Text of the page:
Purpose of review
Despite indisputable role of LDL-C lowering, a considerable residual risk for atherosclerotic cardiovascular disease (ASCVD) persists. The precise mechanism(s) underlying this phenomenon remain unclear. Triglyceride-rich lipoproteins (TRL) appear to be one of the main mediators, based on the genetic and epidemiologic data. However, whether this is caused by direct effects of Triglycerides or other components of TRL remains uncertain. The cholesterol component of TRL remnants (Rem-C) has been proposed as a more pertinent mediator of the increased risk associated with high triglycerides.
Several long-term observational studies have shown a significant relationship between Rem-C and ASCVD events, compared with other triglyceride-related parameters. Recent trials have shown that lowering of triglyceride levels by various agents, including fibrates and omega-3 fatty acids, in statin-treated subjects, did not explain the reduction in ASCVD events. In a large clinical trial with pemafibrate, a highly selective PPAR-α agonist, in type 2 diabetes and elevated triglycerides, the reduction in triglycerides was accompanied by a significant increase in LDL-C and Apo-B levels, despite a reduction in Rem-C, and no effect on ASCVD events.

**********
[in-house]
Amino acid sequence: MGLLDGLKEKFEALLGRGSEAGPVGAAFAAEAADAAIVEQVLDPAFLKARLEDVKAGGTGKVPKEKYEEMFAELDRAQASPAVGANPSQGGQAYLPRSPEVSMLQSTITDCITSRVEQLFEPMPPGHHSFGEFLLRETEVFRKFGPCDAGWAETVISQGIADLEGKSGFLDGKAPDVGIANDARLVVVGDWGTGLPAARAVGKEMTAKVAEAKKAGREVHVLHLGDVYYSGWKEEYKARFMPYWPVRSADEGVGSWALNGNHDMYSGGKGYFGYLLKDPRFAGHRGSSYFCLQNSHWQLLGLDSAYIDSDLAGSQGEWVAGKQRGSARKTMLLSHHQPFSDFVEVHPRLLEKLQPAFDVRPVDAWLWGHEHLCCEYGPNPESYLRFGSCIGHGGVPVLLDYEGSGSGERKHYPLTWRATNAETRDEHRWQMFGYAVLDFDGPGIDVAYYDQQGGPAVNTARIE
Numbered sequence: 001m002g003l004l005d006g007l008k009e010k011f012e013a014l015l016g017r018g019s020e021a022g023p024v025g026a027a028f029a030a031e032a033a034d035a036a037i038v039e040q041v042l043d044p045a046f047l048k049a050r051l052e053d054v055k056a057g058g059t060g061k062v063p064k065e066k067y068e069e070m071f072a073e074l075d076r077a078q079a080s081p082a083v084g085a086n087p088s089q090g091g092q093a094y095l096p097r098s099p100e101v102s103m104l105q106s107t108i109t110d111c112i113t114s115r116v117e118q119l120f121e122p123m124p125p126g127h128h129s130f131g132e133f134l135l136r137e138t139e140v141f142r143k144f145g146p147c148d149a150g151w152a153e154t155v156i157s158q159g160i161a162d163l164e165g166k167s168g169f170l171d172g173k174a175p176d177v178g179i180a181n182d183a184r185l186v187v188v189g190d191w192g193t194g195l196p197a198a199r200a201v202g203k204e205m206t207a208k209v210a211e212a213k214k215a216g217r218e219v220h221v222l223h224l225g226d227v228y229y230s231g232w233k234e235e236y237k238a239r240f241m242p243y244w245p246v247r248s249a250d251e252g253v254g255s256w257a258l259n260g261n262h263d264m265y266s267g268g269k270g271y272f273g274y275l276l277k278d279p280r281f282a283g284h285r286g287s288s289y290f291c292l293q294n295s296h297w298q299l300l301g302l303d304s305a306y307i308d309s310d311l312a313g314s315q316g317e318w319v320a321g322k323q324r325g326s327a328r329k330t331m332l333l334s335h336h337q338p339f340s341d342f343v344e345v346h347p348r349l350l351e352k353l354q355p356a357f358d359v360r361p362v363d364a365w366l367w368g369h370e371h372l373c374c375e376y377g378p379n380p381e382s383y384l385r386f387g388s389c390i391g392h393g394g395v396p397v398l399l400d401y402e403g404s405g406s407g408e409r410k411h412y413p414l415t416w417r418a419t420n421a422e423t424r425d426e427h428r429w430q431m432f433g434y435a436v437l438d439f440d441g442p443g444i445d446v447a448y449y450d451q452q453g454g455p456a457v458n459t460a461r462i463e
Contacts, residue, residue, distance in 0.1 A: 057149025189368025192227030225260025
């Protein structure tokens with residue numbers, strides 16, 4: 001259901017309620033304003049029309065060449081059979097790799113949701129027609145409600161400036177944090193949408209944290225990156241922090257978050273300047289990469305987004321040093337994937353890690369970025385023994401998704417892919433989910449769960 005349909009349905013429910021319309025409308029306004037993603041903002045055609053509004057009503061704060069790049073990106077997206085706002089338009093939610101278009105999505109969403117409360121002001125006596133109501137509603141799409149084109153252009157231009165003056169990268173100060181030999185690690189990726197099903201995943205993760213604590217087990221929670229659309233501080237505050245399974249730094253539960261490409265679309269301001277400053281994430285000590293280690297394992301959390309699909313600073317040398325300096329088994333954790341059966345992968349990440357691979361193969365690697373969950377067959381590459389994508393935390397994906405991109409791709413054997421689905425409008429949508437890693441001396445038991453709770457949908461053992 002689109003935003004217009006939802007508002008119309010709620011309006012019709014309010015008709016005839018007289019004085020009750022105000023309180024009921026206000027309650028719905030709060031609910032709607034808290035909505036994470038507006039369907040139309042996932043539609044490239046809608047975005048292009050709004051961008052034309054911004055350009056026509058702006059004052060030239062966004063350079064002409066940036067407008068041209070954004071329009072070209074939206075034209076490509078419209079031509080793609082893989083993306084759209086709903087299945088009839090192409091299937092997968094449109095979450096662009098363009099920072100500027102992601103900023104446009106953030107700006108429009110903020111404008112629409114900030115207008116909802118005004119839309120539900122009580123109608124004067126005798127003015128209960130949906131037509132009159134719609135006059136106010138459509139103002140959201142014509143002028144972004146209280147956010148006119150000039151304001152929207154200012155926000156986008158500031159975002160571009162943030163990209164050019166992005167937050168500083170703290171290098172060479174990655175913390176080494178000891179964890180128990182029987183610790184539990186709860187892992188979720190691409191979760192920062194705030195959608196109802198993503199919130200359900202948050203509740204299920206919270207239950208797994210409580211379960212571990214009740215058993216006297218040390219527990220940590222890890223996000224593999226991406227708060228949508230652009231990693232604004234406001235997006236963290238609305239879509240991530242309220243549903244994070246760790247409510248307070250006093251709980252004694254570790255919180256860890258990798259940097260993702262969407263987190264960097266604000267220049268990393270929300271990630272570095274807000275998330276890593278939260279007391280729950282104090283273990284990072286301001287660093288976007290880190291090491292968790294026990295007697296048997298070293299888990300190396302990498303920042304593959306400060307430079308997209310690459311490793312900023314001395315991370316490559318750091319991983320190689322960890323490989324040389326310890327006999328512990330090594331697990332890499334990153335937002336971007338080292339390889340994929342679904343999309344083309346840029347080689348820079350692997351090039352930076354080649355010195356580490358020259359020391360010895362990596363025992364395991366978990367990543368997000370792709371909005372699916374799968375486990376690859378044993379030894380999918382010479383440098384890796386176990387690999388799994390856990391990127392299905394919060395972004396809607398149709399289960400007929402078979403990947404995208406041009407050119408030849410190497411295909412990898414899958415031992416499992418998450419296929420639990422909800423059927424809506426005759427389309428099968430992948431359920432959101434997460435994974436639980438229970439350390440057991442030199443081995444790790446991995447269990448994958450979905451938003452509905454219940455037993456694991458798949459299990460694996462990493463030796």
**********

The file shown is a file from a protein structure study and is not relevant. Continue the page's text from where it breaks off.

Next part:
Elevated Rem-C as a risk determinant, with LDL-C at goal, requires additional studies in clinical trials. Standardization and accuracy of Rem-C assays (calculated versus direct method) is also needed.